Compassion International kids in Fredy's church.

My role with Heart to Honduras:
We are also committed to the cause of Community Development, which is a department of Heart to Honduras in which I work in a team with missionaries Kaleb and Stacey.  We believe that this department is a tool of God to churches and pastors to transform and develop communities.  We work alongside of not only the church but community leaders and local government like mayors.  Our vision as Community Developent is to empower the most poor villages and carry them to a better quality of life.  We want to continue the desire that was in the heart of Heart to Honduras’s founder, Charlie Smith, which is to empower the most poor villages and their pastors and carry them to a better quality of life is all aspects in a holistic way to reach spiritual, intellectual, emotional, and material needs.  We want to teach all of our pastors to love people not just like souls but also like people.  We know that it’s a big challenge, but we believe that through this unity, love, and faith we have in our team we are going to find the impossible, possible.  Each one of you is a strong instrument in the hands of God so that in Honduras all of the impossible could be possible.  For example a remote community in Honduras that has been ignored by the government, without dreams, but a group of North American brothers came to lift up this community.  To get then out of anonymity bring them into the light and now it’s a community with purified running water, school, better road conditions, greater faith, more self-esteem, and they are now dreaming for a better community.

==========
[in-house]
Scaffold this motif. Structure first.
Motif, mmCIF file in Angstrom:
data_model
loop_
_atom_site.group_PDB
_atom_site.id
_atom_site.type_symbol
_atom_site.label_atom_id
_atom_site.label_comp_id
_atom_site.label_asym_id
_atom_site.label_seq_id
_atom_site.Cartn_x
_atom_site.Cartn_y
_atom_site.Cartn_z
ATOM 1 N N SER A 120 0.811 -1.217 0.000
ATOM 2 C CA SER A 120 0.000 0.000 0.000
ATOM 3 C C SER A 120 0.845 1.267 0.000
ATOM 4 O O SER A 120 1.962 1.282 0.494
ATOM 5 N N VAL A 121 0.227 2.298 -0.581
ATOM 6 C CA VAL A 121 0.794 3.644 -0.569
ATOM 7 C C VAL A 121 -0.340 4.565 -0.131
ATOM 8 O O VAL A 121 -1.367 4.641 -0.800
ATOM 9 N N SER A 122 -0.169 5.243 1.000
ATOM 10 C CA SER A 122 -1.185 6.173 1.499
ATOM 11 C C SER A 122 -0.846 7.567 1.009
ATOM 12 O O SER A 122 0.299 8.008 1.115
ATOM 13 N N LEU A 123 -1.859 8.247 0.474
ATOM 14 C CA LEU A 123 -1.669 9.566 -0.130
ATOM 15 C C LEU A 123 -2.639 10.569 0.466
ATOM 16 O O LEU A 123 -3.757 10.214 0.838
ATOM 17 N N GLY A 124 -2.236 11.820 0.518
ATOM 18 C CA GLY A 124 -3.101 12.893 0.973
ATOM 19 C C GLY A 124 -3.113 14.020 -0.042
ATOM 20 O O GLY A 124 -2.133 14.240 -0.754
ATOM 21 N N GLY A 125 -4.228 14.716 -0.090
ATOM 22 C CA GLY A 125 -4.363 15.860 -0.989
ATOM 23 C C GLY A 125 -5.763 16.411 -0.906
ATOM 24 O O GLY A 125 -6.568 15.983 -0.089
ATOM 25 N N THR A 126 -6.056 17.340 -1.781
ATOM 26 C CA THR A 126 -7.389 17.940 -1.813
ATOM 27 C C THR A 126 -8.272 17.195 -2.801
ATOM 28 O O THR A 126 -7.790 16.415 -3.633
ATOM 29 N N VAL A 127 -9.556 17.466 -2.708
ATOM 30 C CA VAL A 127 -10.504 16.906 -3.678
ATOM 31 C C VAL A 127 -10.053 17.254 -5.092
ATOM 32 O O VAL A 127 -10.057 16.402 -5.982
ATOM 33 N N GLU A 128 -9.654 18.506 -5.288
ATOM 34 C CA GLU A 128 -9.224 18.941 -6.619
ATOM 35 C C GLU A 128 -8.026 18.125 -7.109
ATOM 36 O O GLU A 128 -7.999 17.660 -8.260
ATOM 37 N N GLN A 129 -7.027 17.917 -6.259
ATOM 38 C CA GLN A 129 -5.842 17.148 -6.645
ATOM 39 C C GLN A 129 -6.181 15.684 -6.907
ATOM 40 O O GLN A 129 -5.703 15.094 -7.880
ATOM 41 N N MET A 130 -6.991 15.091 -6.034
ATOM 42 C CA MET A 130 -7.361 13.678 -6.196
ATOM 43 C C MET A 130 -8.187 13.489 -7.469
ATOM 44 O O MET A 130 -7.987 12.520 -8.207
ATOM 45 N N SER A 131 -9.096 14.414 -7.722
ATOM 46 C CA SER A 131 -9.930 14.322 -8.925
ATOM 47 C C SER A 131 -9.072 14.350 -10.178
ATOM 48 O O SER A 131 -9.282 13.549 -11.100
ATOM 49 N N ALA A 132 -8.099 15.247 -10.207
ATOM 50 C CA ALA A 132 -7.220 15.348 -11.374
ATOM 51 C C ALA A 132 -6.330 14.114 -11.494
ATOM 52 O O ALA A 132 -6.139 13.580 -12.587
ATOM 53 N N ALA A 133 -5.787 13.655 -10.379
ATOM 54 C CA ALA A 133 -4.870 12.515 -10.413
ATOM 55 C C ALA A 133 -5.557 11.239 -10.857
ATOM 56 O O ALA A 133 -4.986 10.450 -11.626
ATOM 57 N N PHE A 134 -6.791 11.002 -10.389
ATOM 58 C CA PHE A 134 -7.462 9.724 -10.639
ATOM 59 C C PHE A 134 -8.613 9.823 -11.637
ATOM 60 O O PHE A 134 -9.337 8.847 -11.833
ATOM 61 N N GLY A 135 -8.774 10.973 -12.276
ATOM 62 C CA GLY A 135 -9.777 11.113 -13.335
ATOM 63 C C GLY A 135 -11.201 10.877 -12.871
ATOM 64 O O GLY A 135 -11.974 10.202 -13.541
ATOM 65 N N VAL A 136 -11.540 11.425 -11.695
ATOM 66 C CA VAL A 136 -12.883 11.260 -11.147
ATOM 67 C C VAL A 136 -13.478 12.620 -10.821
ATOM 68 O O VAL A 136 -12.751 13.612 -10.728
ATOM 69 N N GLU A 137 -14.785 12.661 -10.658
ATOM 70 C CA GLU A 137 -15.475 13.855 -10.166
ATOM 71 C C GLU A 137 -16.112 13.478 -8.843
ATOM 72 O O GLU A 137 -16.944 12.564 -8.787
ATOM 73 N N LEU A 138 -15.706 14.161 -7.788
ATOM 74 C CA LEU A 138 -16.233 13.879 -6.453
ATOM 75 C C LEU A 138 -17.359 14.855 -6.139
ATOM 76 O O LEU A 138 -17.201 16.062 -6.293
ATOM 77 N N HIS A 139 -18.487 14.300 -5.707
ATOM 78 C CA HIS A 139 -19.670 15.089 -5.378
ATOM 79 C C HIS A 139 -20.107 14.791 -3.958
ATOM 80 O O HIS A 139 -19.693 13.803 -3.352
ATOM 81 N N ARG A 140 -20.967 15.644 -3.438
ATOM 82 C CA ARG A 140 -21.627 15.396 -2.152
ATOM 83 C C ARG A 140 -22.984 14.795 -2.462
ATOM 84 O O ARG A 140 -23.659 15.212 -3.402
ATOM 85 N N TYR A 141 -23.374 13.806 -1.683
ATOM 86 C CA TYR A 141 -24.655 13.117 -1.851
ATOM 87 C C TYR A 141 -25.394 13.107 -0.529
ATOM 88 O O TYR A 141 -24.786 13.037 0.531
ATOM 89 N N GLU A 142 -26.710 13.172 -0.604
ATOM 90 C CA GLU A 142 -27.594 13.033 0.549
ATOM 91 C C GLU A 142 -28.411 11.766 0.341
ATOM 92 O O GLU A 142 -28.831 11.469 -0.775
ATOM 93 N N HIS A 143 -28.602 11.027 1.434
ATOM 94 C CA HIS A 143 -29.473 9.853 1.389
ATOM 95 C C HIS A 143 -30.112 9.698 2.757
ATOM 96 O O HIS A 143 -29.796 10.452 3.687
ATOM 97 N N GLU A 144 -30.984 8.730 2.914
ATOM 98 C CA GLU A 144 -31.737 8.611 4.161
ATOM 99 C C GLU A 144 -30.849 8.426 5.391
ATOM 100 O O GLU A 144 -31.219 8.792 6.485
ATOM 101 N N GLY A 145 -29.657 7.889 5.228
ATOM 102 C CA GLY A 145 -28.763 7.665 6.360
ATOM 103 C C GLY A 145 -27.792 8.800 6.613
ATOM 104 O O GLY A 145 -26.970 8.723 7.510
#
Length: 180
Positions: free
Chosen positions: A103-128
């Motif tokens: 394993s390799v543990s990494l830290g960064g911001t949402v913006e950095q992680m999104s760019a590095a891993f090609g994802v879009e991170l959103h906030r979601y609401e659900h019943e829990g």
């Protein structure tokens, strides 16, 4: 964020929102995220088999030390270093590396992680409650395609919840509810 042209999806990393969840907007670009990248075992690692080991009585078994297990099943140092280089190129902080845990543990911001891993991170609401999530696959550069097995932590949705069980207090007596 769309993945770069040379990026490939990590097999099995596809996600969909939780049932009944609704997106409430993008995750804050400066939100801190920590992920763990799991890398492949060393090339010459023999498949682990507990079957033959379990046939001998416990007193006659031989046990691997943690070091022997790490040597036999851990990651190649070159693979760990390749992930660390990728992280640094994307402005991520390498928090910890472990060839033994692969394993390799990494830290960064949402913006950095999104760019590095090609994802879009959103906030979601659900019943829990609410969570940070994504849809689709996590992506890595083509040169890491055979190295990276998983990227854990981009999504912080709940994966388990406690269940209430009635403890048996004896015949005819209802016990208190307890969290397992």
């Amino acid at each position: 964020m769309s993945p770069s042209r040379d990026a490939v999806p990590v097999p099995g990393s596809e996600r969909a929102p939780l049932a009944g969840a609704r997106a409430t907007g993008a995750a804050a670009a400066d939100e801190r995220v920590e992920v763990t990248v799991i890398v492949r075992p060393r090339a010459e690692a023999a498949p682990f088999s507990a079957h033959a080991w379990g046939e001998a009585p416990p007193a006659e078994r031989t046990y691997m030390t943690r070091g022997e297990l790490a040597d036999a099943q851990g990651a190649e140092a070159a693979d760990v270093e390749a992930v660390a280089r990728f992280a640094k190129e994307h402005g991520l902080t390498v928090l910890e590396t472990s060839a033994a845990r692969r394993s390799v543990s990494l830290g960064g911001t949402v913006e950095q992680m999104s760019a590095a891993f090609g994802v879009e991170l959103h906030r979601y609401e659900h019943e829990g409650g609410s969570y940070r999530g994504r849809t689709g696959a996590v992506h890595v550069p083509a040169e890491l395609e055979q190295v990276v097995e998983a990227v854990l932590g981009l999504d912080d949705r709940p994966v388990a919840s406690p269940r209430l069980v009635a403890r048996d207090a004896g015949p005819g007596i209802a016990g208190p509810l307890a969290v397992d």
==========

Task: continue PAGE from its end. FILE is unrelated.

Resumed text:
If you'd like to hear more Fredy will be sharing in Bidwell, Dayton, and York before headed to a conference in FL where we are speaking as a community development team.



In November, two kids in our community were judged to be very malnourished by an organization called Pan-American Health Services. In Honduras for 60 years now, Pan-Am Health identifies malnourished children in situations where they are unlikely to improve without intervention. Once identified, they bring the children to their rehabilitation center close to Peña Blanca where they are treated by professionals and restored to a healthy condition. In the meantime, their parents are free to visit as much as they like where they receive nutrition and childcare training. Needless to say, what they do is very important and valuable. 

 One of these kids is scrawny, goofy, snot-nosed , 9 year-old Noe. He lives a couple of houses down in one of the poorest homes here in town. The mother is very weak, with significant illness and complications, much of them related to chronic parasitic infection. His first father abandoned him, and his current father is a drunk that works through the week, then wanders the street all weekend. Over the past year, one of our most common morning sounds, mixed in with tweeting birds, roosters, and women scrubbing laudry, is Noe’s screech “GOOD EVENING EXSTEXY (Stacey)” through our front window. He’s almost always shirtless, sniffling, and running with his head kind of cockeyed. This past year, we noticed he had taken to running around with his shirt tied to his head for a couple of days. Thinking this odd, we finally prodded him into taking it off and showing us the impressive chunk that he had shaved off the middle of his head with his dad’s razor. We laughed more than we should have.

He's the horse. Baby brother is the cowboy.